By Gretchen Kurtz
By Cafe Society
By Mark Antonation
By Mark Antonation
By Jonathan Shikes
By Mark Antonation
By Mark Antonation
By Patricia Calhoun
I'm still in a daze over Heavenly Daze, Denver's latest brewpub, and it's not because my meals there were a slice of heaven. No, I'm dazed and confused as to why an eatery would spend so much money filling a massive warehouse with a mass-production brewery and an eating area jammed with pool tables and metal sculptures of tortured-looking people with bedpans for heads--and then serve such lousy food.
It would have been smarter to put the words "Sports Bar" on the big neon sign that calls out to drivers along I-25. If people were just coming here to watch the game, play pool and drink beer, they'd probably be perfectly content. But everyone who is lured into Heavenly Daze by the word "restaurant," thinking they're going to actually enjoy a meal here, will wind up sorely disappointed.
Over the past six years, the original Heavenly Daze in Steamboat Springs has acquired a good reputation for its food. But with this second location, the owners decided to change the menu. "When we looked at the demographics of this neighborhood, we decided it would be better to skip the pastas and steaks we do in Steamboat and instead concentrate on pizzas and calzones," says Monty George, who serves as general manager of the four-month-old Denver brewpub and is one of four Heavenly Daze partners. (The others are Greg Anderson and brothers Guy and Pete Crider.) "The beer's the same, with Rick Whitehead, who oversees both operations but is here in Denver, as the brewer--but the recipes are different." And how.
208 S. Kalamath St.
Denver, CO 80223
Region: Southwest Denver
When we first arrived for dinner, some confusion about our reservation left six of us standing for fifteen minutes. But the staff did all the right things--and then some. First they apologized, and then they bought us a round of drinks and appetizers. The drinks alone would have sufficed, thank you. They were Heavenly Daze brews, all fairly flavorful, with two achieving heavenly status: the Snakebite Scottish Ale and the Dog's Breath Brown Ale, which fortunately did not live up to its name.
The food, though, rarely lived up to its menu descriptions and was pretty much a bust from beginning to end. For starters, there was the order of twelve hot wings ($4.75) with blue-cheese dressing. Our friendly server had tried to steer us away from the wings. "They're really hot," he warned. "They'll make you sweat behind the eyeballs." But these were one-alarm at most, and that was more heat for heat's sake than a good, chile-induced burn. Maybe the guy who cooked these babies was sweating, but we remained cool to his efforts. Our second appetizer was a respectable if scallion-heavy take on the ubiquitous artichoke dip ($5.25), served with toasted baguette slices. And then there was the "brewchetta" ($5.95): prosciutto, red onions and mozzarella piled on more toasted baguette slices--but all we could taste was the red onion.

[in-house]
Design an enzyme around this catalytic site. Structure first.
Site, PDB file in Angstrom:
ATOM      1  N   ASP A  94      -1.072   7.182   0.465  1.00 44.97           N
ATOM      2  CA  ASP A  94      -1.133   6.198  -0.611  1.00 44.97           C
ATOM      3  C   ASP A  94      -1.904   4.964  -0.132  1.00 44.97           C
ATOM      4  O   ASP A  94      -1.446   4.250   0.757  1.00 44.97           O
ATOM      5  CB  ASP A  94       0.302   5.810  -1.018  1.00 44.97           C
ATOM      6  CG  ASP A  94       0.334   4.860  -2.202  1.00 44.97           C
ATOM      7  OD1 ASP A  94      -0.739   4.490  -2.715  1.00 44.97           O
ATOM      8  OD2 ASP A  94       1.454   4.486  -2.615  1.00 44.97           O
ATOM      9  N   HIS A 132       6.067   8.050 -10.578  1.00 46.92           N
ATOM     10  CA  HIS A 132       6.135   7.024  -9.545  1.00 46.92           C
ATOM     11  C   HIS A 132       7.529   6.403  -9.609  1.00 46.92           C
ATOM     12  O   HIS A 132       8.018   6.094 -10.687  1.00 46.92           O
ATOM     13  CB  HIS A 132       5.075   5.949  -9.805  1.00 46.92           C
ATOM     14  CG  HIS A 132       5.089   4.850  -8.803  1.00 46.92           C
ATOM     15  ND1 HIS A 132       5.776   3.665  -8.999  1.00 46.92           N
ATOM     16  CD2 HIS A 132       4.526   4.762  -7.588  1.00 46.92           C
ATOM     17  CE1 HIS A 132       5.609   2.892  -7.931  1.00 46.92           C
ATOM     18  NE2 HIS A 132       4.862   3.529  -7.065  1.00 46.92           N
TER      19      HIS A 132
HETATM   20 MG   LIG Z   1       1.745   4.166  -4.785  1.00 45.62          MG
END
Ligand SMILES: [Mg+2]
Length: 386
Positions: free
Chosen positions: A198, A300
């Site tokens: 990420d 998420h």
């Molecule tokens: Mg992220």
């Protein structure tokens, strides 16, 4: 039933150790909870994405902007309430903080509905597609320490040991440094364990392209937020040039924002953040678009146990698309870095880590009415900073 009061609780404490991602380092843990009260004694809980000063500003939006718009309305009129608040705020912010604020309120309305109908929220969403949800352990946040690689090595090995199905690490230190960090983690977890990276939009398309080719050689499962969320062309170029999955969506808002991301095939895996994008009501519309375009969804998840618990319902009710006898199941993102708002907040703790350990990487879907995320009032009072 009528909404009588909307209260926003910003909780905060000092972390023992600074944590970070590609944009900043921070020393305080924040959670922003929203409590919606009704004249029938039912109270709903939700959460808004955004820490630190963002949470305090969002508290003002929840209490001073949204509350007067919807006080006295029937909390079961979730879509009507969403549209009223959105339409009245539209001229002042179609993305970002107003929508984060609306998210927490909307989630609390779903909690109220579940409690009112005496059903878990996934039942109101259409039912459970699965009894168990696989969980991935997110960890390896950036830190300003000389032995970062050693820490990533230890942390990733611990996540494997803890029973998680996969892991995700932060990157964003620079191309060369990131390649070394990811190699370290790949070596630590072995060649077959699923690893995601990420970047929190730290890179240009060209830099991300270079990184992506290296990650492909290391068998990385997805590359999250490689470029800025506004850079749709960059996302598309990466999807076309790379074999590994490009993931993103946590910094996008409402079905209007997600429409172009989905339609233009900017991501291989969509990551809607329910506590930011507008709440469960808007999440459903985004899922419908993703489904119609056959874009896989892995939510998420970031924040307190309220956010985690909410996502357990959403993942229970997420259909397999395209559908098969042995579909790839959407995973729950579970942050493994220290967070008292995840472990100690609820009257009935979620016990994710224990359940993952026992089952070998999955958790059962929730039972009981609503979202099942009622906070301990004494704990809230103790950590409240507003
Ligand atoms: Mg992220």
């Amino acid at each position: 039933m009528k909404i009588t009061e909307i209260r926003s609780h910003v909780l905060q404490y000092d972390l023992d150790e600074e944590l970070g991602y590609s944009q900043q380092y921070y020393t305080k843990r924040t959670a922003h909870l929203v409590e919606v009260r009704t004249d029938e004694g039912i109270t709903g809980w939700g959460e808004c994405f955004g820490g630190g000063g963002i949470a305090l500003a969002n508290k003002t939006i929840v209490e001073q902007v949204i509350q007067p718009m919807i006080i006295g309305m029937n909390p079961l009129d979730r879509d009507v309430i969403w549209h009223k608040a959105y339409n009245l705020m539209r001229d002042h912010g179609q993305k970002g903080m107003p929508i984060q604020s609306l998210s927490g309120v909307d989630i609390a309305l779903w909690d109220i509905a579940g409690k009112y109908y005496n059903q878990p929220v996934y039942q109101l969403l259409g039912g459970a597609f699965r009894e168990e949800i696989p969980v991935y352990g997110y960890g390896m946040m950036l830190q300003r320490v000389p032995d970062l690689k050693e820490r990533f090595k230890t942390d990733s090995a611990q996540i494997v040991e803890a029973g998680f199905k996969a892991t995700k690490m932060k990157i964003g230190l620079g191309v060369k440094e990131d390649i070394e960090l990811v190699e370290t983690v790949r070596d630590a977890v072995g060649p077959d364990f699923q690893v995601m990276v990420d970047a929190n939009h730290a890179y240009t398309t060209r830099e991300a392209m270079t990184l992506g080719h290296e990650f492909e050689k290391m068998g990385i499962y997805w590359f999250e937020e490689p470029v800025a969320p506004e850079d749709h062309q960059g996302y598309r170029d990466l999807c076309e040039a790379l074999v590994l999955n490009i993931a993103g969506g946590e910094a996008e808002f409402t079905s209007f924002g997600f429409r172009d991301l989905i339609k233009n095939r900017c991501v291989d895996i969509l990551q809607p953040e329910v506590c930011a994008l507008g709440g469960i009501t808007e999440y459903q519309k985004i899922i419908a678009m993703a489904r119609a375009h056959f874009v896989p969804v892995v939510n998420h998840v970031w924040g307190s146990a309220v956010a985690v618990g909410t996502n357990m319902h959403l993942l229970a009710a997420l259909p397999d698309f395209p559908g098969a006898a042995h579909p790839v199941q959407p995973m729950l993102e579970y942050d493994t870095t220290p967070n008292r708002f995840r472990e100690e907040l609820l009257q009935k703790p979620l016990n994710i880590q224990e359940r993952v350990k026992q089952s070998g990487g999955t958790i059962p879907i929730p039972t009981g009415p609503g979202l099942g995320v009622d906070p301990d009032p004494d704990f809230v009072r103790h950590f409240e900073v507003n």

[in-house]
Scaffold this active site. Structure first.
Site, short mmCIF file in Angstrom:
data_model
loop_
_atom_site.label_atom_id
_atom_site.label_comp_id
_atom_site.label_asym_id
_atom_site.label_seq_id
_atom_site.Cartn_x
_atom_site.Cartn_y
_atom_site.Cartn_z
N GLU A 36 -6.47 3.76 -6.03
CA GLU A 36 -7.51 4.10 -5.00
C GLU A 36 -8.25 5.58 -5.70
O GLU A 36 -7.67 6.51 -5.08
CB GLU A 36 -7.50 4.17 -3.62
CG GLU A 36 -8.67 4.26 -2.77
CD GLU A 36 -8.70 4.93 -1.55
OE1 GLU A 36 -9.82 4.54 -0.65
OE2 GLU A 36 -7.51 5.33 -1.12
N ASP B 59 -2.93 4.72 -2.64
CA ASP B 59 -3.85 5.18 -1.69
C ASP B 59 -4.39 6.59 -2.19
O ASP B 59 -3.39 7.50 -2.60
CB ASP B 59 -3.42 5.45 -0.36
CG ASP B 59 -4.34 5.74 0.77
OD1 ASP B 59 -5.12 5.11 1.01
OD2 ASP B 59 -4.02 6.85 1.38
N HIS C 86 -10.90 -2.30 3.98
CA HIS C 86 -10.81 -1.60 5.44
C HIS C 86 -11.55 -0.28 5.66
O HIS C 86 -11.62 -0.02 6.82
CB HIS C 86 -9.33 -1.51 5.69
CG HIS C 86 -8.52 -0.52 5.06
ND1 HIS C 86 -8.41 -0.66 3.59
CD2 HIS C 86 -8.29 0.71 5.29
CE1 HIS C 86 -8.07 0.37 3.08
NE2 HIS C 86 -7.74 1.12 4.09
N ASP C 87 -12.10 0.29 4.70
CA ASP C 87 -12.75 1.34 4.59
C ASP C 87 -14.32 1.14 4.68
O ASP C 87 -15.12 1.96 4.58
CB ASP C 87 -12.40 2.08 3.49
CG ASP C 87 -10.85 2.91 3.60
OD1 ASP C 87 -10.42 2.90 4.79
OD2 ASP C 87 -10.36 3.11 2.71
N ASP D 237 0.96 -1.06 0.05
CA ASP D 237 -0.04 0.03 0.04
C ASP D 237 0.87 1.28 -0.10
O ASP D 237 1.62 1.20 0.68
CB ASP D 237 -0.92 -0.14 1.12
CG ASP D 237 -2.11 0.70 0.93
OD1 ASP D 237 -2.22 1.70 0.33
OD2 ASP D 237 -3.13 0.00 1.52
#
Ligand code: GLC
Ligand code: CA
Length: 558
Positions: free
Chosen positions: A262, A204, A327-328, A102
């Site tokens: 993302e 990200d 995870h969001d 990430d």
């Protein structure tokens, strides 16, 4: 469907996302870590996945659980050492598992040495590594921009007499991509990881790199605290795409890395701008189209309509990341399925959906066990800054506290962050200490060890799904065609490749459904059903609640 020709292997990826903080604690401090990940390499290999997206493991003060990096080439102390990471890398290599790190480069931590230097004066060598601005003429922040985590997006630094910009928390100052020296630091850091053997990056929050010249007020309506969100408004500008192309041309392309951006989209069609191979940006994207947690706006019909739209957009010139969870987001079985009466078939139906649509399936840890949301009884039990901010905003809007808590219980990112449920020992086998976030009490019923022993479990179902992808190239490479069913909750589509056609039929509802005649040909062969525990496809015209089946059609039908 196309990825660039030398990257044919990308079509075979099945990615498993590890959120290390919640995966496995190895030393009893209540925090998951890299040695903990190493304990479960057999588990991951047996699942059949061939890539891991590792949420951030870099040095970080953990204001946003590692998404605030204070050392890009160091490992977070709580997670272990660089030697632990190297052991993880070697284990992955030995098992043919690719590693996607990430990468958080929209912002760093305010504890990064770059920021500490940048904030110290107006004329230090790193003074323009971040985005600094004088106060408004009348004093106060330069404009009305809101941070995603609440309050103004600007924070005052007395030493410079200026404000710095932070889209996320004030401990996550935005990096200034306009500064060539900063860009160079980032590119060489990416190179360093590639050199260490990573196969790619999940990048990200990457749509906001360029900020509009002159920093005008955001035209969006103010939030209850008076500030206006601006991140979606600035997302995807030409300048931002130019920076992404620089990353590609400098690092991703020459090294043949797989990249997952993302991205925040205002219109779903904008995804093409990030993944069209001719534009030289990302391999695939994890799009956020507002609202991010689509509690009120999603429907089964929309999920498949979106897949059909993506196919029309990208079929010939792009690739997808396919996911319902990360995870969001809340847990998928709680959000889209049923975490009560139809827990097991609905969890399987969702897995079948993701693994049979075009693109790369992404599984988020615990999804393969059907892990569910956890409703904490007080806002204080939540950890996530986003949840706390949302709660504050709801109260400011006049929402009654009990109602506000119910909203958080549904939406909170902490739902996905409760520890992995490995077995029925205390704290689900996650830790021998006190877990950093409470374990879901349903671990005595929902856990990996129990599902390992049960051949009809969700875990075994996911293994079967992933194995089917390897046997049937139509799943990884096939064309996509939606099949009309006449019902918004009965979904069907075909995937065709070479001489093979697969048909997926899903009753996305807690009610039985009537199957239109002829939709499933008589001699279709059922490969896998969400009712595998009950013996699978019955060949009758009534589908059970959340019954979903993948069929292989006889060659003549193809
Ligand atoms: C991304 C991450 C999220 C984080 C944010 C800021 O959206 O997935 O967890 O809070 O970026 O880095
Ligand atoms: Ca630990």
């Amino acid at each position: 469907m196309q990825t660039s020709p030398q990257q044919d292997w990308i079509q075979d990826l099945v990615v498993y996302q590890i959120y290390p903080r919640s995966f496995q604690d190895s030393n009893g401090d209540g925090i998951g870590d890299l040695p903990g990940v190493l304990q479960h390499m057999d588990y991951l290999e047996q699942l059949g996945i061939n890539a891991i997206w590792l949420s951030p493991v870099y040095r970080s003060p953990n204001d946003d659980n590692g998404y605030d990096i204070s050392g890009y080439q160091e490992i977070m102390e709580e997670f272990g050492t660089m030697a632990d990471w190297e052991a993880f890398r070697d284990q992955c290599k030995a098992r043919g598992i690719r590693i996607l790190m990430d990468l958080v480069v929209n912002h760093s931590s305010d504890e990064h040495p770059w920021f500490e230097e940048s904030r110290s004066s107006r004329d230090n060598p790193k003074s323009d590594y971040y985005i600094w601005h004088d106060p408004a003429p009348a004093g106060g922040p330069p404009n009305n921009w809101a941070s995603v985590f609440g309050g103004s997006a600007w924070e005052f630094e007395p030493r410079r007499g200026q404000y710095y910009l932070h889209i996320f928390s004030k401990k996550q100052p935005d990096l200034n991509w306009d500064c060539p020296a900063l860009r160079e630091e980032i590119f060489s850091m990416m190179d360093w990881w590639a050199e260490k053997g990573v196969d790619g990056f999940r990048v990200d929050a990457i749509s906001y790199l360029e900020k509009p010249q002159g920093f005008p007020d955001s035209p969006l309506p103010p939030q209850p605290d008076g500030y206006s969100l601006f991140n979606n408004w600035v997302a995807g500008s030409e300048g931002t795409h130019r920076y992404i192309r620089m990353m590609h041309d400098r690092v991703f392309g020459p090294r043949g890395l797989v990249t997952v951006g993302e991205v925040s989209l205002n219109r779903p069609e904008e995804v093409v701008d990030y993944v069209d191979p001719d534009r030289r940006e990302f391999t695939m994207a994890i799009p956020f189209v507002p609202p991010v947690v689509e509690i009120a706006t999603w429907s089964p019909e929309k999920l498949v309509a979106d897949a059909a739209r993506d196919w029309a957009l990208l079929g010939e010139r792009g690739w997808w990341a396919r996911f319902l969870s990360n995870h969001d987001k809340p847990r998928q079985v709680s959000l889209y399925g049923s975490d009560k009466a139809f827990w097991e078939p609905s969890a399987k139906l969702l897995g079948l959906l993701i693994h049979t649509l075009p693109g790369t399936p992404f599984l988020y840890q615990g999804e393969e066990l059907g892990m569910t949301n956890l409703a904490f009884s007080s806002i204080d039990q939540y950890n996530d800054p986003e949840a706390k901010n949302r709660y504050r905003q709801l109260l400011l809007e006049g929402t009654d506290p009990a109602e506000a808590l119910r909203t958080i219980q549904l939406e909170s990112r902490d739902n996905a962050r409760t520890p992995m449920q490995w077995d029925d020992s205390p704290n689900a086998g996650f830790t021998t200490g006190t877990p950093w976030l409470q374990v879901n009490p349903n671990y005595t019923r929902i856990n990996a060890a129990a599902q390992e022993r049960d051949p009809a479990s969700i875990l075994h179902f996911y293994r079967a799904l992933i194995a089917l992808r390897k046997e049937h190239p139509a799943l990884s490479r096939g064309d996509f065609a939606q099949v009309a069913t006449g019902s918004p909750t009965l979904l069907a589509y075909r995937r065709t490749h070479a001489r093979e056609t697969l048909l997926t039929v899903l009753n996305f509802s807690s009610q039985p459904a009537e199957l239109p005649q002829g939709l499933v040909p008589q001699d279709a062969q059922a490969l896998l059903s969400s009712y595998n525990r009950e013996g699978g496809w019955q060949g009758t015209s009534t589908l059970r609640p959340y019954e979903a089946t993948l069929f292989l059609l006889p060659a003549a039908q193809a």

Those red onions continued to pop up throughout our meal. The prosciutto Phat Calzone ($6.95) wrapped Heavenly Daze's beer-spiked pizza dough around a few paper-thin slices of the Italian cured ham, as well as fresh garlic (by that, the kitchen means raw), a skimpy sprinkling of roasted red peppers, mozzarella and ricotta cheeses...and red onions. The Daze Deluxe pizza ($13.95 for a medium, about twelve inches) was that same dough--it worked better with a calzone, where it cooked through and gained flavor in the process--topped with pepperoni, sausage, green peppers, mushrooms, black olives and mozzarella, all glued on with a tomato-pastey red sauce...and studded with red onions.
More red onions did in the smoked-salmon salad ($6.50 for a large), greens topped by some nicely smoked salmon, romas, capers and a lackluster balsamic vinaigrette that wasn't up to fending off a too-generous helping of red onions. And the kitchen still managed to scrounge up enough onions to also ruin the meatball sub ($5.50). While the meatballs were very good, they couldn't stand up to the house-made, focaccia-inspired sub roll, much less all those onions.
There wasn't an onion to be found in the Bratwurzt ($4.95), but we couldn't find any flavor, either. Four of our group's six menus suggested that we ask our server what "flavor" the brats were that night, but when we did, our server looked at us as though we were insane. Apparently the kitchen had decided to offer no flavor at all. The tasteless brat arrived under a mound of overly drained--meaning dry as straw--sauerkraut and was sided by a bowl of minestrone. The crunchy vegetables appeared to have been put into the soup pot about twelve minutes before our serving was ladled up; fortunately, red onions weren't included in the mix. And while red onions also failed to put in an appearance on the white pizza ($13.95 for a medium) or in the Caesar salad ($5.75 for a large), the "fresh" garlic on the pie was strong enough to kill forty vampires, while the plain mayonnaise goo on the salad was in bad need of some.
The garlic would not have been so disastrous if the bulb had been cooked. Ditto for the almost-raw red onions, which were hacked into hunks larger than most sports watches. Our table was having such a bad, burpy response to those onions that, unrehearsed, several of us asked our server if they were included in the desserts that night. The cheesecake ($3.50) could have used something; the kitchen was out of the "flavored" version, and the slim sliver of plain was nothing special. And a root-beer float--even one that costs $3.95 and is made with root beer handcrafted on the premises--is still a root-beer float.